chicken omelet, compound butter

chicken omelet with compound butter

pan of turkey and chicken meat, chicken for chicken omelet with compound butter

Omelette de poulet, très chic. Egg curd heated up over moderate heat in the compound butter prepared for insertion under the skin of the turkey and chicken shown in that earlier comparison post down there ↓ . No sauce, except for more of the melted compound butter and a squirt of lemon. The lemon was just sitting there so I thought, "you know, I could use you," made all the difference.


Gently blend two large or three ordinary eggs into a bowl and break the yolks into the whites with a fork. Do not over beat them, do not homogenize the mixture.

Prepare the filling if you intend one. Grate the cheese, fry the sausage, mushrooms, whatever. Arrange these ingredients mise en place along with the bowl of beaten egg. Also have a plate ready.

Over moderate heat, and by moderate I mean low, allow the butter to melt until it foams. Dump the egg mixture all at once. If the eggs were refrigerated, and being American eggs they probably were refrigerated, they'll cool down the pan even more on contact. Stand there and observe the eggs begin to set. Using a fork, gently push the set curd from the edges toward the center of the pan and allow liquid egg to run into the vacated space. Tilt the pan if necessary, or give the liquid an encouraging nudge with the fork. Work around the edges of the pan like the face of a clock or perhaps a compass. In this manner, build up the bulk of the curd in the center of the pan leaving the edges flat. See what you're doing here? Fluff fluff fluff, that's what you're doing. As you notice the curd NEARLY fully set, BUT NOT YET FULLY SET, remove the pan from the heat and add a small amount of cheese or herb, or whatever you intend for the center. (The original omelets have no filling but we're Americans here I'm supposing and we do as we please, and if empty omelets are proper then I don't want to be right). This whole process should take no longer than two minutes. Use a flexible spatula to loosen the edges from the pan, tilting the pan, tap the whole thing toward the edge and roll it onto a plate. Tidy up the edges, tuck them in to make it appear as if you knew what you were doing.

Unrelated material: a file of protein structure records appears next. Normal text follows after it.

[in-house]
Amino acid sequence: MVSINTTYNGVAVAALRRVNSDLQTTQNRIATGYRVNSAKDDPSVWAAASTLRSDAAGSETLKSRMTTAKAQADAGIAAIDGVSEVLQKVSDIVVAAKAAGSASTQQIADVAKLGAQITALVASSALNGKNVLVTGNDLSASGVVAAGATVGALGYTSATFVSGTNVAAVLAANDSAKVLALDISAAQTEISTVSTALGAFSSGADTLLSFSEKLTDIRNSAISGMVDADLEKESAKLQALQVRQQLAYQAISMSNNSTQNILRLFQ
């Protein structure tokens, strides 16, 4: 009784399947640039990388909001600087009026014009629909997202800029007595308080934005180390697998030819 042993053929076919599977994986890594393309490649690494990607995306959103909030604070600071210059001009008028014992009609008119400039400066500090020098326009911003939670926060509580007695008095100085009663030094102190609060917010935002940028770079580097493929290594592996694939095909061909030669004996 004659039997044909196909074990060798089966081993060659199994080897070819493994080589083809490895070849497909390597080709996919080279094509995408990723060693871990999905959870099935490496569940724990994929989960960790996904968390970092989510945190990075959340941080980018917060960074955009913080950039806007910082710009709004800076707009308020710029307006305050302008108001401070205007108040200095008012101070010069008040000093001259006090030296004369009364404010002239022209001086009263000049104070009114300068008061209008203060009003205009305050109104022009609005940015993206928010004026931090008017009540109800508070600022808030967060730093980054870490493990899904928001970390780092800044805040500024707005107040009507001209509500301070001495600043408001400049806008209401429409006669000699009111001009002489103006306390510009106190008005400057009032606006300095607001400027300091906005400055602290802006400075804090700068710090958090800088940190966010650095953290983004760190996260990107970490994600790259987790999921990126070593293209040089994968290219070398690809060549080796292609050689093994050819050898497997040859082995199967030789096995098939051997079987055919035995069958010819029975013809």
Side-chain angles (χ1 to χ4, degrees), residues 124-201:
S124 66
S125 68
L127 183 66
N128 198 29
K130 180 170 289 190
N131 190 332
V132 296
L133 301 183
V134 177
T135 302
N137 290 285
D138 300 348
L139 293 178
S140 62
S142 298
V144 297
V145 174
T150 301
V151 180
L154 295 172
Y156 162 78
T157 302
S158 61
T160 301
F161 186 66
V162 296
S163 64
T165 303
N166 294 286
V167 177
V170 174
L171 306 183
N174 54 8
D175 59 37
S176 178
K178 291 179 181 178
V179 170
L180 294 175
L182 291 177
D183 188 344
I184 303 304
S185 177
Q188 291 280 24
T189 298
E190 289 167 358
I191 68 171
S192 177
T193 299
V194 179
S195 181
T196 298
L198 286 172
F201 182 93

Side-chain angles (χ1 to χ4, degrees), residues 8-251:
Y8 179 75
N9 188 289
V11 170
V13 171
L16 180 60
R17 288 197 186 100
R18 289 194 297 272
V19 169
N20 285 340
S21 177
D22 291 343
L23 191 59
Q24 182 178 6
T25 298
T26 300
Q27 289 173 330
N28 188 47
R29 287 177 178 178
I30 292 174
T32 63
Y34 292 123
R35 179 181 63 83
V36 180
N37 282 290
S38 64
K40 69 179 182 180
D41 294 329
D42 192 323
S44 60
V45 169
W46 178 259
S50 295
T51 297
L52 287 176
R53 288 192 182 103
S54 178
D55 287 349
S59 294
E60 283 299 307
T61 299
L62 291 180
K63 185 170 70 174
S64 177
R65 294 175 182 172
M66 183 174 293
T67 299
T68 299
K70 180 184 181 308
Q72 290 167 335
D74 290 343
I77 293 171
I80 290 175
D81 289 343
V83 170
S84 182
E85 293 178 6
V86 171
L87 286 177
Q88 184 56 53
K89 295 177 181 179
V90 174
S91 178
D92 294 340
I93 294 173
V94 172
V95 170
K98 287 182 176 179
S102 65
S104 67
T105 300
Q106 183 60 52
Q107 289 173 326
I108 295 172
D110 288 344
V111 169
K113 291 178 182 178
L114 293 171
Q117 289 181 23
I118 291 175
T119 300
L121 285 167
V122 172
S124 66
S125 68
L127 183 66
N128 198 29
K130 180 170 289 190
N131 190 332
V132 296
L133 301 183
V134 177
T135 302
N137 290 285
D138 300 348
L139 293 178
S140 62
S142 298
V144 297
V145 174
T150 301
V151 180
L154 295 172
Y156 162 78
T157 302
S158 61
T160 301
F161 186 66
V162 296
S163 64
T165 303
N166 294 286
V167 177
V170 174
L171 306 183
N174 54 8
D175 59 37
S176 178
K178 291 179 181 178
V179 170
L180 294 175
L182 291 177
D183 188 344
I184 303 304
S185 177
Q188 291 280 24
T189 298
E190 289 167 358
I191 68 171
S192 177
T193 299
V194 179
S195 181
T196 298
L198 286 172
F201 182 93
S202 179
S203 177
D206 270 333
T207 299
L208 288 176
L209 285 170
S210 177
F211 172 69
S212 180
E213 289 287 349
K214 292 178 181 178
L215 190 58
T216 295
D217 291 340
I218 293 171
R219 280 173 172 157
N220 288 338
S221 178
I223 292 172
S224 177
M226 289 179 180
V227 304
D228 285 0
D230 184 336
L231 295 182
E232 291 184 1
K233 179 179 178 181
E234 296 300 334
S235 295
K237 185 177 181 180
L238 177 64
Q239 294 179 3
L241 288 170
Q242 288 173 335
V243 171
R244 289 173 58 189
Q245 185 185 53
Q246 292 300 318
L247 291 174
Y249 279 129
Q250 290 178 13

There's another technique over high heat that is furious and fast, which involves violently shaking the pan to jolt the curd in the desired direction, but that is so immature et très déclassé.

I have noticed my sauces becoming more and more simple and also thinner. I do not have an explanation for this development except possibly maturité! This sauce, herbed butter and lemon, is positively perfect for the thing it is dressing, and I hereby declare that I shall henceforth use this forevermore. Or at least keep it in mind.

The pan shown is 1/2 turkey and 1/2 chicken pulled from the finished birds the previous night and resting in its own fatty liquid, now congealed, in the hope of salvaging the turkey which is rather dry. Ok, it's possibly 2/3 turkey and 1/3 chicken but I don't really know for sure, I didn't weigh it. OK, FINE! Let's say, 3/5 turkey and 2/5 chicken. What do I, look like a Math major over here?


Penny said...

"What do I, look like a Math major over here?"

Nah. If you were a math major, you'd be making a napoleon.

Avierra said...

I make Hollandaise sauce much thinner than what is normally found, because I adore the lemon and butter more than I adore the eggs and the velvety sauce. There is something about that combination that is just sublime. I have to admit I never thought of taking it one step further and just concentrating on the butter and lemon!

Anonymous said...

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Anonymous said...

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